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Posted on December 14, 2010 (5771) By Rabbi Pinchas Winston | Series: | Level:

The Blessing of Ephraim and Menashe: A Spiritual GPS

He blessed them that day saying, “Israel will bless through you saying, ‘May God make you like Ephraim and Menashe.'” (Bereishis 48:20)

Irony of ironies. This special blessing which is repeated week after week by so many families as they bless their sons on Friday night and Erev Yom Kippur, is amazing. It is amazing because, of all the many children and grandchildren that Ya’akov Avinu had to choose from as role models for Jewish children until the end of history as we know it, he chose the only two that had been born outside of the Land of Israel.

On one hand, it could have been because they were the sons of his favorite son, Yosef, whom had almost been lost forever. But on the other hand, even were that so, Ya’akov Avinu could still only choose a role model based upon attributes, for his own good, and the good of the future of all of his descendants.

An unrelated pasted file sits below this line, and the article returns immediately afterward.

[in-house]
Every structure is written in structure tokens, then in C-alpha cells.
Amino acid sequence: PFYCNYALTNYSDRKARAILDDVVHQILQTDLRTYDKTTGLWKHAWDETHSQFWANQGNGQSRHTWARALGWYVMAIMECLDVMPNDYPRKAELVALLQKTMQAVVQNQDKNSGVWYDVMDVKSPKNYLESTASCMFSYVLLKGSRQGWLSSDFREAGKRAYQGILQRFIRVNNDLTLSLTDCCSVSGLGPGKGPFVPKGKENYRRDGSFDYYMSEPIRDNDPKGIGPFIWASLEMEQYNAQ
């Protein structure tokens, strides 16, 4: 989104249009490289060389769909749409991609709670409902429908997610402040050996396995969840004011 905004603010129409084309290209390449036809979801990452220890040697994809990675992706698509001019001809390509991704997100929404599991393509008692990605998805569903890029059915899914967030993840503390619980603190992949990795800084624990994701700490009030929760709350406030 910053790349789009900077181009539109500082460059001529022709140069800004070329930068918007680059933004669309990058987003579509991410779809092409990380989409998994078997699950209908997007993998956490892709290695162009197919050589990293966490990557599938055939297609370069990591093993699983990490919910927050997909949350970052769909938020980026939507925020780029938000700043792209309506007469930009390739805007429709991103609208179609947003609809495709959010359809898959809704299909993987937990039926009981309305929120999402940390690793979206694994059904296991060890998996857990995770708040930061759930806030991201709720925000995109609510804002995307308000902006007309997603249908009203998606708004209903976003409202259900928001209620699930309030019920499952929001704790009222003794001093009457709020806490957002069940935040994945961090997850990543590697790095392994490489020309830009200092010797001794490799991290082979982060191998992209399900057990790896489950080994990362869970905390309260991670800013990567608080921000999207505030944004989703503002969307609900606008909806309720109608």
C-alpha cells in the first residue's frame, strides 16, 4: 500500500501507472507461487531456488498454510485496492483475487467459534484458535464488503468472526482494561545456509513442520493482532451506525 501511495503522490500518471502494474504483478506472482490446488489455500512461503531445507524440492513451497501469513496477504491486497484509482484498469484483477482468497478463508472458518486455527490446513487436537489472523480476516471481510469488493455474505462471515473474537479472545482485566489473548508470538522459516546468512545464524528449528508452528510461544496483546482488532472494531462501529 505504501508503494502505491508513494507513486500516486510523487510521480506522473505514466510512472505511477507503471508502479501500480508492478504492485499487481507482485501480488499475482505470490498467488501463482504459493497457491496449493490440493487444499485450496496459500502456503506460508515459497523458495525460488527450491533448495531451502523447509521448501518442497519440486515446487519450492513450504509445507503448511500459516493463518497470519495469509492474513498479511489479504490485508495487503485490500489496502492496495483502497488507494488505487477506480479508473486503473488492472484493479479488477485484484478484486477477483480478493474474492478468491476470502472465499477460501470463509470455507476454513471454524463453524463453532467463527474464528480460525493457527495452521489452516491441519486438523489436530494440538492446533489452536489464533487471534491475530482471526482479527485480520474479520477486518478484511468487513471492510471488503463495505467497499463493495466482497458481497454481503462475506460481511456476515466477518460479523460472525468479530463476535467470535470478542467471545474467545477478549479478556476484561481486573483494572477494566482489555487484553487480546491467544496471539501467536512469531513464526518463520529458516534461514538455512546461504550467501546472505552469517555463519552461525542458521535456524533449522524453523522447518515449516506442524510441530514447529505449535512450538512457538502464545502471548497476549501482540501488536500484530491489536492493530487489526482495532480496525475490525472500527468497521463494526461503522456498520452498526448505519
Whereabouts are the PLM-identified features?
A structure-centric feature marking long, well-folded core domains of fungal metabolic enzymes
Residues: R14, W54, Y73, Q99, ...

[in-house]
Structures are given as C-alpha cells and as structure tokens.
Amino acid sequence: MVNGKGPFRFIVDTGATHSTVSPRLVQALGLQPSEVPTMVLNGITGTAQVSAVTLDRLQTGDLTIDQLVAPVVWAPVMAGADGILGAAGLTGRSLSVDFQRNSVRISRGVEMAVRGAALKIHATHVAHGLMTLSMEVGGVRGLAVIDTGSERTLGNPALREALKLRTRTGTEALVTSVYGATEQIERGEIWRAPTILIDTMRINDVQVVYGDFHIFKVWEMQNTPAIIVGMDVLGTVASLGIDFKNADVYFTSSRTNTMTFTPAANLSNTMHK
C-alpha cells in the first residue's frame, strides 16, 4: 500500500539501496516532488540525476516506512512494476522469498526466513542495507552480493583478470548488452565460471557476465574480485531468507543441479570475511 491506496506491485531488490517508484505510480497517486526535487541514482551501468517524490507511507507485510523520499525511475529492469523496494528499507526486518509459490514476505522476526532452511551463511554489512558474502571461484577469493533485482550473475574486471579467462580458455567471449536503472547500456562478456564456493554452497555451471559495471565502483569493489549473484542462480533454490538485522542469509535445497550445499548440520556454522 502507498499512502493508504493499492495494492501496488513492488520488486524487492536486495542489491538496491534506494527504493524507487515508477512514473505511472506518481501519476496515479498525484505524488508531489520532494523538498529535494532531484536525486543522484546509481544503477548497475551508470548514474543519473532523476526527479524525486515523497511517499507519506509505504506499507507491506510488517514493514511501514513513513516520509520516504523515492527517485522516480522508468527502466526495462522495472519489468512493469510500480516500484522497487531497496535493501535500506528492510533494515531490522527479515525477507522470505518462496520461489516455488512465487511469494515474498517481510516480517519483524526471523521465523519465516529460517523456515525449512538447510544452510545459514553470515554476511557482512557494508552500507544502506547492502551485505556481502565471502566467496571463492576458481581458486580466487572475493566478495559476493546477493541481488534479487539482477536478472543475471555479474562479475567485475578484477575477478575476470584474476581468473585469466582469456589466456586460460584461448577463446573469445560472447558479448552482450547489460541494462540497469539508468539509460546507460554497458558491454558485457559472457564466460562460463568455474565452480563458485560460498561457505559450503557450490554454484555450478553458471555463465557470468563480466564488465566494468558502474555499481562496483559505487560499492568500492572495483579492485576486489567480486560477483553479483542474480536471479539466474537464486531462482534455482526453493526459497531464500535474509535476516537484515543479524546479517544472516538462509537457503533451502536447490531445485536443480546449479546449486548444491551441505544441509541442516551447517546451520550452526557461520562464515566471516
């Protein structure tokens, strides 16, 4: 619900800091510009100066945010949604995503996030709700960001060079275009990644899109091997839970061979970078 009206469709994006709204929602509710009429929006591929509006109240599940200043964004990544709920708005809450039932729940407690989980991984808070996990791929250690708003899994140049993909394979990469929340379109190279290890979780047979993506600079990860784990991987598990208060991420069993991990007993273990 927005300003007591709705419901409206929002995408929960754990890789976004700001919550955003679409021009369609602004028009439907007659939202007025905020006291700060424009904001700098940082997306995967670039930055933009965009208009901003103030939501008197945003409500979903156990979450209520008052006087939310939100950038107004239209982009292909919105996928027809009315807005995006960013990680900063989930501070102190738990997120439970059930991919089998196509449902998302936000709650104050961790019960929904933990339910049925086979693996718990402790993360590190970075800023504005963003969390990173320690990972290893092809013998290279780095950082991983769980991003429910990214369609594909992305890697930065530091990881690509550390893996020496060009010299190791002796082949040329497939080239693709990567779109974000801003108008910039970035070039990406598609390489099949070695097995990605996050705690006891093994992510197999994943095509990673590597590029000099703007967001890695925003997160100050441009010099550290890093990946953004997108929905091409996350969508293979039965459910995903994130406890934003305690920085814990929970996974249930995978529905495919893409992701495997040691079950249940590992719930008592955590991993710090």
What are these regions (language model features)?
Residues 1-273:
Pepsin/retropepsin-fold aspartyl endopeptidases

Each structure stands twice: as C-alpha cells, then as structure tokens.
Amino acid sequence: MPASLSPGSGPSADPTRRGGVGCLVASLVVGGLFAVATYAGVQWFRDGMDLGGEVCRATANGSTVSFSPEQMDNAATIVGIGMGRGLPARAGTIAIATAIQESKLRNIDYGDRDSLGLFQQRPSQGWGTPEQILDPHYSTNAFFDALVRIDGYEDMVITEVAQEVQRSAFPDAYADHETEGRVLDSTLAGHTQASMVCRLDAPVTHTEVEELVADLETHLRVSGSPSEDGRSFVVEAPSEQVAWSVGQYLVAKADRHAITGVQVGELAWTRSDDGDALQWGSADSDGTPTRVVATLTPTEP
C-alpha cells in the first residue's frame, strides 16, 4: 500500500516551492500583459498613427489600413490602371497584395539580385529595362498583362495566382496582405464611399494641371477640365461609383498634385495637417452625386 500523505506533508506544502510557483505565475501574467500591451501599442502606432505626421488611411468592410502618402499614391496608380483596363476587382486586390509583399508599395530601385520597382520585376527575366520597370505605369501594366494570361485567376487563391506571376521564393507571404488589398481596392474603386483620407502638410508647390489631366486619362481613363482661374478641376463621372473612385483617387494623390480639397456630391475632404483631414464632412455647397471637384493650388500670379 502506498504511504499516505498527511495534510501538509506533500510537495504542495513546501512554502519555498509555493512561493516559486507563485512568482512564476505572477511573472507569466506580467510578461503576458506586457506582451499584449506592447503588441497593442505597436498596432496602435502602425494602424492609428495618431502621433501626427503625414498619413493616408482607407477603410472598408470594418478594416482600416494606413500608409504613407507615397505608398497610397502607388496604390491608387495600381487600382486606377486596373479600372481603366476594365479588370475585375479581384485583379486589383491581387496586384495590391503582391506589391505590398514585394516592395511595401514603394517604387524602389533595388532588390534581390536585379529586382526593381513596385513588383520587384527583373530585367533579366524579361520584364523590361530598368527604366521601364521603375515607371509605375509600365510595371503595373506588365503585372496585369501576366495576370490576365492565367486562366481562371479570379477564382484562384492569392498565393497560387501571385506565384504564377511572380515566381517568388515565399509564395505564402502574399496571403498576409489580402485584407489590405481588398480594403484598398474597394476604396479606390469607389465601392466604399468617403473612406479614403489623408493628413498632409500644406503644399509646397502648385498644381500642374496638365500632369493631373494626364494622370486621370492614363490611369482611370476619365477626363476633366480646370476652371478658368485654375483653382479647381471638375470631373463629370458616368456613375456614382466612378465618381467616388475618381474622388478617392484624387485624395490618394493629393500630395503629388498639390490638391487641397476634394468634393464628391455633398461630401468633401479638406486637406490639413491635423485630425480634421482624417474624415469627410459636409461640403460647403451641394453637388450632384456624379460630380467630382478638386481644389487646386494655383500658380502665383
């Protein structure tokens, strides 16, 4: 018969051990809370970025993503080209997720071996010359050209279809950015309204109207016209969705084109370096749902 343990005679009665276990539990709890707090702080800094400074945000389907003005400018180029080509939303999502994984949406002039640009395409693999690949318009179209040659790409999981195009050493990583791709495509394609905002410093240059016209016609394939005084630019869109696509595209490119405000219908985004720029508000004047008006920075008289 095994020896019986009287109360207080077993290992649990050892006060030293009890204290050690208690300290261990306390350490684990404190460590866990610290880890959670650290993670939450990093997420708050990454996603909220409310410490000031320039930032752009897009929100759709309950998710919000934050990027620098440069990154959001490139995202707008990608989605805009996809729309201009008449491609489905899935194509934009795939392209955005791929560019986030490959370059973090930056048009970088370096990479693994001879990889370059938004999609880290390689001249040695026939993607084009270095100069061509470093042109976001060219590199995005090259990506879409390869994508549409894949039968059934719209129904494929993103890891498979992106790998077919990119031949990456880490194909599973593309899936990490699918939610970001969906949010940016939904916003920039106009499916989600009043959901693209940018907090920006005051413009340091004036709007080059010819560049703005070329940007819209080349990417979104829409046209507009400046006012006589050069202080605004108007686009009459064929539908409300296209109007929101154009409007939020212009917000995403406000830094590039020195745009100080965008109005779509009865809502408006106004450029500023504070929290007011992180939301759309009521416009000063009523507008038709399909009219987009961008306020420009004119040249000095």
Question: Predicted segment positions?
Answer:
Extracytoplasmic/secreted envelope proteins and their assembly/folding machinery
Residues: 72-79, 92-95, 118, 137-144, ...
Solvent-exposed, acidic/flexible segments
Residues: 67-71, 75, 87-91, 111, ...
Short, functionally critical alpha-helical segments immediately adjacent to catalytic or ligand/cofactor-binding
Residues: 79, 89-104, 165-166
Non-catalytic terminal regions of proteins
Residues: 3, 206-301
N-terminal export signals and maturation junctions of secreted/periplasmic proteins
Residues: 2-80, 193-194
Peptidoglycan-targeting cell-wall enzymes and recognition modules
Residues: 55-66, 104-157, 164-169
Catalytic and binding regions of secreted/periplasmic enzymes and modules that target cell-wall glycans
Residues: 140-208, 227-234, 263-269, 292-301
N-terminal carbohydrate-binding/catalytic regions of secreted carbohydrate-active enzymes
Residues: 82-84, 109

If so, then what was it specifically about Ephraim and Menashe that caught Ya’akov’s attention that they became the symbol of blessing for the Jewish people? And, if the answer is not apparent from this week’s parshah, perhaps it is more apparent from what we learn about Ephraim and Menashe later on in history.

Two specific episodes come to mind, one in the Torah itself, and one in the Midrash. We are told that the descendants of Ephraim were the first to leave Egypt. In fact they left 30 years too early, and as a result, were attacked and killed along the way. They never made it to Eretz Yisroel at that time, but then again, neither did the generation that left Egypt with Moshe Rabbeinu on time.

Indeed, Bnei Ephraim were the ones that the prophet Yechezkel brought back to life in the Valley of Dry Bones. And once brought back to life, they made aliyah and raised families there, unlike the Jews who died in the desert following Moshe Rabbeinu to the Promised Land. It may have been their tremendous yearning to live in Eretz Yisroel that resulted in their early deaths, but it was probably also the reason for their reincarnation and second chance to live in the Holy Land.